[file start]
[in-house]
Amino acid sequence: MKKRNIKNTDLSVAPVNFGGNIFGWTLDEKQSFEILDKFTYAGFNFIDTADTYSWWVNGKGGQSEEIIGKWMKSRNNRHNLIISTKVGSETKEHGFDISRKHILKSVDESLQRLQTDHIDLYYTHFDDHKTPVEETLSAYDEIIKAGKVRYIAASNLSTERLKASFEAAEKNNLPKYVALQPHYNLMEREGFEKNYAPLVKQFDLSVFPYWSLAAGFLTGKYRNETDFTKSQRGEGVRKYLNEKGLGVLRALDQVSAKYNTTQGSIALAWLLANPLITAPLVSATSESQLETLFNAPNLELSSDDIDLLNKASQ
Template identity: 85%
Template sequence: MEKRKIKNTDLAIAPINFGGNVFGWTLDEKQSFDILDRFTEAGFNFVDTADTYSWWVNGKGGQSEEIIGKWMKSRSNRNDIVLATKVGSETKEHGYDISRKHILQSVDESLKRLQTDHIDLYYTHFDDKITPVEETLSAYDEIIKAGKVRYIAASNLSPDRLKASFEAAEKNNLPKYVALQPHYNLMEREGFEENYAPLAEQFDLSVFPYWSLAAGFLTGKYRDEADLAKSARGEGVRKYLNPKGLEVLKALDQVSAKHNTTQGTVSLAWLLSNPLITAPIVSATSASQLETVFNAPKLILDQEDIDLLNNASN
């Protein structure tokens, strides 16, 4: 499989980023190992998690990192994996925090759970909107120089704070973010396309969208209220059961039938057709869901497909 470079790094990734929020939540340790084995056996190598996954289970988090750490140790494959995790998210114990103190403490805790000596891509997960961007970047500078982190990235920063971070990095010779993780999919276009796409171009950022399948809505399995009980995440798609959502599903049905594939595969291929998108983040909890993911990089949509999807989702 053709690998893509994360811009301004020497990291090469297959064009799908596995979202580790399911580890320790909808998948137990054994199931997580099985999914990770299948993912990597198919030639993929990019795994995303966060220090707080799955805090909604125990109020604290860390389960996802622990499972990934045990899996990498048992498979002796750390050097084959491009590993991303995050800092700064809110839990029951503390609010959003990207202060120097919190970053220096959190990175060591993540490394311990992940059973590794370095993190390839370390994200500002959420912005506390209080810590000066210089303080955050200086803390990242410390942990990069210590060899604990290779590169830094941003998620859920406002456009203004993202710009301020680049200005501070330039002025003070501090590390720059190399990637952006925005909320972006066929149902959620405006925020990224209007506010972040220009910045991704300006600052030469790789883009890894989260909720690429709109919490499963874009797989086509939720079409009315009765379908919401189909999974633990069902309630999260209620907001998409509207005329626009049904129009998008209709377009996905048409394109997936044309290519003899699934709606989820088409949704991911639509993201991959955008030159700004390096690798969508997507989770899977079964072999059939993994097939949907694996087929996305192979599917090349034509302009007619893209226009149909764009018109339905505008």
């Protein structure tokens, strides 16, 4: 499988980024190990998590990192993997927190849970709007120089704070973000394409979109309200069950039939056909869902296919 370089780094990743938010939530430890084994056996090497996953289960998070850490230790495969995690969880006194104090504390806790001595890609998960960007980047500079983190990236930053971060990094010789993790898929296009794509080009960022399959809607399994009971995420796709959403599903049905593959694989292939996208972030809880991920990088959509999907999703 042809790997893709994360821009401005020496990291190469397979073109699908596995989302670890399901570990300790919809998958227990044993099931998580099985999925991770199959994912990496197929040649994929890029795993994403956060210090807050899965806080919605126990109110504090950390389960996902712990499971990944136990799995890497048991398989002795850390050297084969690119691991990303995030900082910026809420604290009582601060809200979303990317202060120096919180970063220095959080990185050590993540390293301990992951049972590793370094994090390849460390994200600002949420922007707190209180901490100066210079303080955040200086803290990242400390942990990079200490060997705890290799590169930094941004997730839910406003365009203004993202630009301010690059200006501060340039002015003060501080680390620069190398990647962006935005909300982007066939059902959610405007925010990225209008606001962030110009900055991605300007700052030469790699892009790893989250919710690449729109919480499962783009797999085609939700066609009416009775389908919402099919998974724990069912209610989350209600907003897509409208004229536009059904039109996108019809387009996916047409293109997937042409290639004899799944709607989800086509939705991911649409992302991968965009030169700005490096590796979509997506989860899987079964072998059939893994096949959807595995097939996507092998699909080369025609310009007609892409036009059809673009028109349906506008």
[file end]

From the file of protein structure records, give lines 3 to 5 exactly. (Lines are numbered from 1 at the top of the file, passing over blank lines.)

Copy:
Template identity: 85%
Template sequence: MEKRKIKNTDLAIAPINFGGNVFGWTLDEKQSFDILDRFTEAGFNFVDTADTYSWWVNGKGGQSEEIIGKWMKSRSNRNDIVLATKVGSETKEHGYDISRKHILQSVDESLKRLQTDHIDLYYTHFDDKITPVEETLSAYDEIIKAGKVRYIAASNLSPDRLKASFEAAEKNNLPKYVALQPHYNLMEREGFEENYAPLAEQFDLSVFPYWSLAAGFLTGKYRDEADLAKSARGEGVRKYLNPKGLEVLKALDQVSAKHNTTQGTVSLAWLLSNPLITAPIVSATSASQLETVFNAPKLILDQEDIDLLNNASN
């Protein structure tokens, strides 16, 4: 499989980023190992998690990192994996925090759970909107120089704070973010396309969208209220059961039938057709869901497909 470079790094990734929020939540340790084995056996190598996954289970988090750490140790494959995790998210114990103190403490805790000596891509997960961007970047500078982190990235920063971070990095010779993780999919276009796409171009950022399948809505399995009980995440798609959502599903049905594939595969291929998108983040909890993911990089949509999807989702 053709690998893509994360811009301004020497990291090469297959064009799908596995979202580790399911580890320790909808998948137990054994199931997580099985999914990770299948993912990597198919030639993929990019795994995303966060220090707080799955805090909604125990109020604290860390389960996802622990499972990934045990899996990498048992498979002796750390050097084959491009590993991303995050800092700064809110839990029951503390609010959003990207202060120097919190970053220096959190990175060591993540490394311990992940059973590794370095993190390839370390994200500002959420912005506390209080810590000066210089303080955050200086803390990242410390942990990069210590060899604990290779590169830094941003998620859920406002456009203004993202710009301020680049200005501070330039002025003070501090590390720059190399990637952006925005909320972006066929149902959620405006925020990224209007506010972040220009910045991704300006600052030469790789883009890894989260909720690429709109919490499963874009797989086509939720079409009315009765379908919401189909999974633990069902309630999260209620907001998409509207005329626009049904129009998008209709377009996905048409394109997936044309290519003899699934709606989820088409949704991911639509993201991959955008030159700004390096690798969508997507989770899977079964072999059939993994097939949907694996087929996305192979599917090349034509302009007619893209226009149909764009018109339905505008």